COPD, a chronic inflammatory lung disease causing obstructed airflow from the lungs, affects over 3 million people each year in the United States. COPD is typically diagnosed in those 40 years and older, women and people who have a family history of COPD. Those with AIDS or tuberculosis are also at a higher risk of developing COPD. Others at high risk are smokers and those who have experienced prolonged exposure to workplace pollutants such harmful chemicals and fumes. Air pollution can even play a role in the development of COPD. There is no known cure for COPD.
Symptoms of COPD
The diagnosis of COPD in early stages can be difficult. COPD often remains undetected well into later stages as it can develop for many years without any symptoms. Once COPD symptoms are detected, they may appear as shortness of breath during physical exertion, a general shortness of breath that progressively worsens, mucous production, frequent and persistent cough with or without mucus, wheezing, tightening of the chest, fatigue, commonly occurring lung infections, loss of appetite and weight loss.
It is important that people suffering from these types of symptoms see a doctor as soon as possible, particularly if they begin experiencing symptoms of infections such as fever or excessive, thick mucus. With possible complications including increased risk of contracting influenza and colds, acute symptom flare-ups, respiratory infections such as pneumonia, lung cancer and heart conditions as serious as heart disease, COPD can be an extremely dangerous condition.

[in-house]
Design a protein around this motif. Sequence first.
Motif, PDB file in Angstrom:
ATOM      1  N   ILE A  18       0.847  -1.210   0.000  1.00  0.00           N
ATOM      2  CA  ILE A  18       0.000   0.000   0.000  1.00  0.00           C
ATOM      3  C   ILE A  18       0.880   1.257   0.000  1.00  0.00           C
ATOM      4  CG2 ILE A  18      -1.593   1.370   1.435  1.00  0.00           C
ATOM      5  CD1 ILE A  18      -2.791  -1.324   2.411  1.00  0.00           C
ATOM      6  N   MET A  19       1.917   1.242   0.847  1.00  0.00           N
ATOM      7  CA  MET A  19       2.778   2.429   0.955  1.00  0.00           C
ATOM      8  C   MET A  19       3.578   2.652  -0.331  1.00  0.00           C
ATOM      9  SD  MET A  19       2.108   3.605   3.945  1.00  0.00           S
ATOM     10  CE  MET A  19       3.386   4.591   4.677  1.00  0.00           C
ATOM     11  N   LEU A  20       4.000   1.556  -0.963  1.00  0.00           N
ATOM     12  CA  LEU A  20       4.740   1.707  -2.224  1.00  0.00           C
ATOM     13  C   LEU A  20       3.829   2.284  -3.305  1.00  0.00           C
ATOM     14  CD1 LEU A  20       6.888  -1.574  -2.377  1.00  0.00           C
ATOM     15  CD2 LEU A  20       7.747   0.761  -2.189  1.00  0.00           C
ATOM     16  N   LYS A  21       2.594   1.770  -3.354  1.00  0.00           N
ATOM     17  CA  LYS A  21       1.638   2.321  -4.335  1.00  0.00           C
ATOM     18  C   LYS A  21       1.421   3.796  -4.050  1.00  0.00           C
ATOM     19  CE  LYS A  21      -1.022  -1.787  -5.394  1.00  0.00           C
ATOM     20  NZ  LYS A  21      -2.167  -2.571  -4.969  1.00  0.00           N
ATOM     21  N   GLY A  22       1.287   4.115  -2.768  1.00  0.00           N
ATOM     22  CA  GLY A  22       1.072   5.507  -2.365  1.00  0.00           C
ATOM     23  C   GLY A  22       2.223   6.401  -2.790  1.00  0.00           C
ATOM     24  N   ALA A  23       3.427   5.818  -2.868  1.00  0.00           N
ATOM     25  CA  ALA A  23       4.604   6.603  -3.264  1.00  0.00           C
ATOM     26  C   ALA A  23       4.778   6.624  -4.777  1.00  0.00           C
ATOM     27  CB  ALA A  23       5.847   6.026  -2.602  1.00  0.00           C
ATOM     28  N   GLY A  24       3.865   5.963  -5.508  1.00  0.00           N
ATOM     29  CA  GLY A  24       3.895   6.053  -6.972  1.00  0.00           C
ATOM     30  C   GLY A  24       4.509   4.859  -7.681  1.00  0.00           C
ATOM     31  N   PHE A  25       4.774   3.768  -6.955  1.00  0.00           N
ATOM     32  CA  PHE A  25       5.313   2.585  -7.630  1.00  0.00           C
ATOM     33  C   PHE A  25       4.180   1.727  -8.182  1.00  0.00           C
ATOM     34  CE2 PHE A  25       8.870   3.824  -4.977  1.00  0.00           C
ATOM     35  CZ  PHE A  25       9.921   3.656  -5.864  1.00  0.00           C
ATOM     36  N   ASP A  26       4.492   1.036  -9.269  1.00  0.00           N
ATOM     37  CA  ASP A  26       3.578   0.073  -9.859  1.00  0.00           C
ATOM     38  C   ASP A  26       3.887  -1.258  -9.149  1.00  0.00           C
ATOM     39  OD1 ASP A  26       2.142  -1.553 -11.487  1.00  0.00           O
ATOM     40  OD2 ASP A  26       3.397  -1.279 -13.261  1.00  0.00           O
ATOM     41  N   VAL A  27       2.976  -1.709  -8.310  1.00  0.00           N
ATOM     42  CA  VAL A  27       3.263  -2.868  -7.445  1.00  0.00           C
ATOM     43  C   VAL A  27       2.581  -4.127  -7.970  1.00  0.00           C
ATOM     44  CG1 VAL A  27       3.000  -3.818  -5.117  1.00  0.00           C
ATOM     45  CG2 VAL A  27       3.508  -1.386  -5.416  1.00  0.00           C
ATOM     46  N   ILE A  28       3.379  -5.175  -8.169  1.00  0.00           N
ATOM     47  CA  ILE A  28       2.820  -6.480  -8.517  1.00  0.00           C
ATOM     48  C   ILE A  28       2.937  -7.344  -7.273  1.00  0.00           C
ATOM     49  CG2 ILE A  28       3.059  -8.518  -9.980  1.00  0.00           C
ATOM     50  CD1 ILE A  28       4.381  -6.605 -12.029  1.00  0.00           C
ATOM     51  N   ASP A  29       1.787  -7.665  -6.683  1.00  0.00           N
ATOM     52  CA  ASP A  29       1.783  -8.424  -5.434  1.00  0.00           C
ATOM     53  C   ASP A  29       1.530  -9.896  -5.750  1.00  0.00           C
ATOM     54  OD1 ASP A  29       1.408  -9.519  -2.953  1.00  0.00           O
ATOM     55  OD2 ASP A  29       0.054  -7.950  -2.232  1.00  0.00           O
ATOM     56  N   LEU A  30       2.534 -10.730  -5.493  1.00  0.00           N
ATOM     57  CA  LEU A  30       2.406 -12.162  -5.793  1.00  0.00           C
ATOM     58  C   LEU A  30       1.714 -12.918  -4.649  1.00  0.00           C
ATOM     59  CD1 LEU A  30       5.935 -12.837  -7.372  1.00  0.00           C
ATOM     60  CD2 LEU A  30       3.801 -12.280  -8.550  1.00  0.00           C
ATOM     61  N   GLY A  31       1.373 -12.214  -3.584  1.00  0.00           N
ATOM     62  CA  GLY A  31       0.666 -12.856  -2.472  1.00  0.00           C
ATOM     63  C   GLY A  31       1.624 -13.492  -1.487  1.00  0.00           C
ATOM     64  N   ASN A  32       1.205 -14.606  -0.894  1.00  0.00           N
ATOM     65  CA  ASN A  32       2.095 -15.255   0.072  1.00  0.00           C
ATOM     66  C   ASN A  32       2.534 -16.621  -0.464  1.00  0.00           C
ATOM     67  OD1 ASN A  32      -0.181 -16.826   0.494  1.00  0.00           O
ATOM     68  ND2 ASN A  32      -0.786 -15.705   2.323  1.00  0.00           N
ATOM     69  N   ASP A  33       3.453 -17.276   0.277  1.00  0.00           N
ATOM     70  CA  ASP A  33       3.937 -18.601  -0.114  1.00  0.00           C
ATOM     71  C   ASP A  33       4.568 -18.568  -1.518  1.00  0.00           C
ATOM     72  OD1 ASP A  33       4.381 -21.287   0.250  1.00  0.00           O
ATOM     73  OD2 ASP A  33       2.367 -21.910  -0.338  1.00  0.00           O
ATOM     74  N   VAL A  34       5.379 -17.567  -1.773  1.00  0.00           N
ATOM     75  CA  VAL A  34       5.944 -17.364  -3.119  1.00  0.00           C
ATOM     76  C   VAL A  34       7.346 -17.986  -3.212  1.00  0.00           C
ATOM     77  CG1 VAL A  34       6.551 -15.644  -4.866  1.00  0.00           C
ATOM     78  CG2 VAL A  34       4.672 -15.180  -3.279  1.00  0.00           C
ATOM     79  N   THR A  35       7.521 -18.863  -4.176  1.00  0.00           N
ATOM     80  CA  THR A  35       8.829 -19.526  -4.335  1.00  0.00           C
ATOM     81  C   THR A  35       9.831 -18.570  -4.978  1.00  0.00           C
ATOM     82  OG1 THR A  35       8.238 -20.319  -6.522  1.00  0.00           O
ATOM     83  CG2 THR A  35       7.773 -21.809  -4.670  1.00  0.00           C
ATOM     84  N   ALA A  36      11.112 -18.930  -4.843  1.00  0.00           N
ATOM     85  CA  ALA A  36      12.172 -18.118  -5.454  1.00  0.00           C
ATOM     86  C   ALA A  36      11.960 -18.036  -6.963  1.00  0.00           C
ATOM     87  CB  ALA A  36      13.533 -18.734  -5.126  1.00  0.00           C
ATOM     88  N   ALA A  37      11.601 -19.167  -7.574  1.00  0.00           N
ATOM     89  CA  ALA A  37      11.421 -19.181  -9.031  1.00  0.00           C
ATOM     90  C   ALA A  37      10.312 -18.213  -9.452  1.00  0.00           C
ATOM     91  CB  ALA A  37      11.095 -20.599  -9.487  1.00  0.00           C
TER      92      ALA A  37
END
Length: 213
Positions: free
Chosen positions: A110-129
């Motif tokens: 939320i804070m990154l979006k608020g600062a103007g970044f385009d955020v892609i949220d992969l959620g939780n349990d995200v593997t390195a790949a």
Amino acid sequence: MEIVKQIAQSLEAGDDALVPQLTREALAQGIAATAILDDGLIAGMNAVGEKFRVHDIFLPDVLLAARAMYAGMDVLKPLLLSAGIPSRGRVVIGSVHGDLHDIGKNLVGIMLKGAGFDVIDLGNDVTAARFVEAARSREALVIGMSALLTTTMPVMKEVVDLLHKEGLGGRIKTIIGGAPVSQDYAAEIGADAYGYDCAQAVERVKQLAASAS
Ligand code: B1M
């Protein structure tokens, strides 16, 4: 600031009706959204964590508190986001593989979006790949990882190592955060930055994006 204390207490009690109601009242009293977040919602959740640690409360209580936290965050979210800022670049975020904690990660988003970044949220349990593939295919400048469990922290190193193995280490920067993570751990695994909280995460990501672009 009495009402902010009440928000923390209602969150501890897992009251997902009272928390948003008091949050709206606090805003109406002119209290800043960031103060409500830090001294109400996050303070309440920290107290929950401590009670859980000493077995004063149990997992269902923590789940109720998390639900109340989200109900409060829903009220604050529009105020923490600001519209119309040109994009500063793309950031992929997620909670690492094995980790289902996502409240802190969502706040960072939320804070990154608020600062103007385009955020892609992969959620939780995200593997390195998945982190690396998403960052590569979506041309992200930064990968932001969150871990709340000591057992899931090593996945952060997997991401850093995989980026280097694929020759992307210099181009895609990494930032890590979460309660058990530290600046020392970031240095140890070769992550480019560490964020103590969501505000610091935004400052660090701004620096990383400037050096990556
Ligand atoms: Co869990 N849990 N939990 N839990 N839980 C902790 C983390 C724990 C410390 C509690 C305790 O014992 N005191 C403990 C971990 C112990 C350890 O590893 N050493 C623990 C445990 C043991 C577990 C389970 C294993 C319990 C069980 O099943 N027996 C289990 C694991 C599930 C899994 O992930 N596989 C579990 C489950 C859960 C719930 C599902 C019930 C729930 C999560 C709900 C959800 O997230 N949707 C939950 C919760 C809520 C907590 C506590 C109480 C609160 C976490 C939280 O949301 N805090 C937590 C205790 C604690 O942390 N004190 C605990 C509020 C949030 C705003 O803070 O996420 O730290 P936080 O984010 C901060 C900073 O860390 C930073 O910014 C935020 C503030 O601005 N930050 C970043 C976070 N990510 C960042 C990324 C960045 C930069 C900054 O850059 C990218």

Immediate medical attention should be sought for more severe symptoms such as trouble breathing so intense that it can cause difficulty speaking, confusion and dizziness/fainting. Those experiencing increased heart rate, blue lips and/or nails and swelling in legs, ankles and/or feet should also seek emergency care.
General practitioners will typically refer patients to a pulmonologist (a doctor who specializes in respiratory system conditions) for diagnosis and treatment and a thoracic surgeon if a biopsy or surgery related to the lungs is needed.
Diagnosis often requires lab testing and imaging. One of the most common tests is spirometry, which measures how much air patients are able to inhale and exhale and whether the lungs deliver enough oxygen to the blood. During this particular test, patients are asked to blow into a large tube which is connected to a machine that will measure oxygen volume. Lab tests, used to test for certain genetic deficiencies, may also be required if patients develop COPD at a young age or have a family history of COPD.
Other lung function tests may include walking tests, which usually last about six minutes; and pulse oximetry, which is a test for precise measurement of oxygen within the blood. Chest x-rays can show signs of emphysema and may be used to rule out other lung problems and heart failure. CT lung scans are also used to detect emphysema, help to determine if surgery would benefit the patient and to rule out lung cancer. Arterial blood gas analysis can measure how effectively the lungs transport oxygen and remove carbon dioxide throughout the blood.